Control Order Powers (11 March - 10 June 2008)

Home Department written statement – made on 12th June 2008.

Alert me about debates like this

Photo of Tony McNulty Tony McNulty Minister of State (Security, Counter-terrorism, Crime and Policing), Home Office

Section 14(1) of the Prevention of Terrorism Act 2005 ("the 2005 Act") requires the Secretary of State to report to Parliament as soon as reasonably practicable after the end of every relevant three-month period on the exercise of the control order powers during that period.

The level of information provided will always be subject to slight variations based on operational advice.

Control orders continue to be an essential tool to protect the public from terrorism, particularly where it is not possible to prosecute individuals for terrorism-related activity and, in the case of foreign nationals, where they cannot be removed from the UK.

As stated in previous quarterly statements on control orders, control order obligations are tailored to the individual concerned and are based on the terrorism-related risk that each individual poses. Each control order is kept under regular review to ensure that the obligations remain necessary and proportionate. The Home Office continues to hold control order review groups (CORGs) every quarter, with representation from law enforcement and intelligence agencies, to keep the obligations in every control order under regular and formal review and to facilitate a review of appropriate exit strategies. During this reporting period, five CORGs were held in relation to the orders currently in force. In addition, further meetings were held on an ad hoc basis as specific issues arose.

During the period 11 March 2008 to 10 June 2008, six non-derogating control orders were made and served, one control order was renewed in accordance with section 2(6) of the 2005 Act and two control orders were revoked. One further non-derogating control order was made but has not yet been served.

In total, 15 control orders are currently in force, three of which are in respect of British citizens. Two individuals subject to a control order live in the Metropolitan Police service area; the remaining individuals live in other police force areas. All of these control orders are non-derogating.

During this reporting period, 70 modifications of control order obligations were made. 31 requests to modify a control order obligation were refused. A right of appeal exists in sections 10(1) and 10(3) of the 2005 Act respectively against decisions by the Secretary of State to renew a non-derogating control order or modify an obligation imposed by a non-derogating control order without consent, and against decisions by the Secretary of State to refuse a request by a controlled person to modify any such obligation. Eleven appeals have been lodged with the High Court by controlled persons relating to modifications to orders or the renewal of orders in this reporting period. One application for judicial review and interim relief was also submitted to the High Court.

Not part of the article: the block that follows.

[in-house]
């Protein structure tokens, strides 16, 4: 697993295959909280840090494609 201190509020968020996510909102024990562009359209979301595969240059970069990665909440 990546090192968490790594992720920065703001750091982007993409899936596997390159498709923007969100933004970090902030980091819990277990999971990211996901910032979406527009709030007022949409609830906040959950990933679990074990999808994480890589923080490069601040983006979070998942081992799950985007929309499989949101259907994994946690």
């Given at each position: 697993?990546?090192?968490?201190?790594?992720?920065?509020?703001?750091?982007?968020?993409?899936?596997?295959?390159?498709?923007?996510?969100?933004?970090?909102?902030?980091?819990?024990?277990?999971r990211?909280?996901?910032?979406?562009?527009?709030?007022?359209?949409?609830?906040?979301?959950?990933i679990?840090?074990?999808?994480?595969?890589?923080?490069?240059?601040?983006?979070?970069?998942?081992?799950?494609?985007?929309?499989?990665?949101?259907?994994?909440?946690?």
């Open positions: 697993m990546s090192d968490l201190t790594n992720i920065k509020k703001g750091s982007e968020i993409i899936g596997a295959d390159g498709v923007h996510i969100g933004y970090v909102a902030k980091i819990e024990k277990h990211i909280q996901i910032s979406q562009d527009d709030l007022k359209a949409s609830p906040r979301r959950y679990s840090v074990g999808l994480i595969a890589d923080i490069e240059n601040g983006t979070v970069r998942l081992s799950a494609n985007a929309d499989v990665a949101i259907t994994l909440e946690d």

Four judgments have been handed down by the High Court in control order cases during this reporting period. Three of these judgments have related to the substantive reviews of control orders under section 3(10) of the 2005 Act. A judgment in the case of Secretary of State for the Home Department v. AE was handed down on 20 March 2008; the court upheld the necessity of the control order on national security grounds and ruled that the control order hearing complied with Article 6 of the ECHR. In the same judgment, the court dismissed an appeal by AE against the increase in the length of his curfew, but upheld an appeal relating to the restrictions on visitors to AE's residence. On 9 April 2008 a judgment was handed down in the case of Secretary of State for the Home Department v. AF. The court found that further disclosure of closed material by the Secretary of State would be necessary in order for the hearing to comply with Article 6 of the ECHR. The control order remains in force while an appeal by the Secretary of State is considered by the Court of Appeal.

The judgment in the case of Secretary of State for the Home Department v. AH was handed down on 9 May 2008; the court upheld the necessity of the control order on national security grounds and ruled that the control order was compliant with Article 5 and Article 3; the court also ruled that the hearing complied with Article 6 of the ECHR. In addition, an oral judgment was handed down in the case of GG on 2 May 2008 in which an application for interim relief was refused by the High Court.

The Secretary of State has lodged three appeals with the Court of Appeal in this reporting period. Appeals were lodged on Article 6 grounds against the High Court judgments in the cases of AN and AM which were handed down in the previous reporting period. An appeal was also lodged against the judgment in the case of AF handed down on 9 April 2008. Three appeals have been lodged by, or on behalf of, controlled persons with the Court of Appeal. AE is challenging the judgment handed down on 20 March 2008 on Article 5 and Article 6 grounds. Special advocates in the case of AF have lodged an appeal against the closed judgment handed down on 9 April 2008. AH has applied for permission to appeal the judgment handed down on 9 May 2008.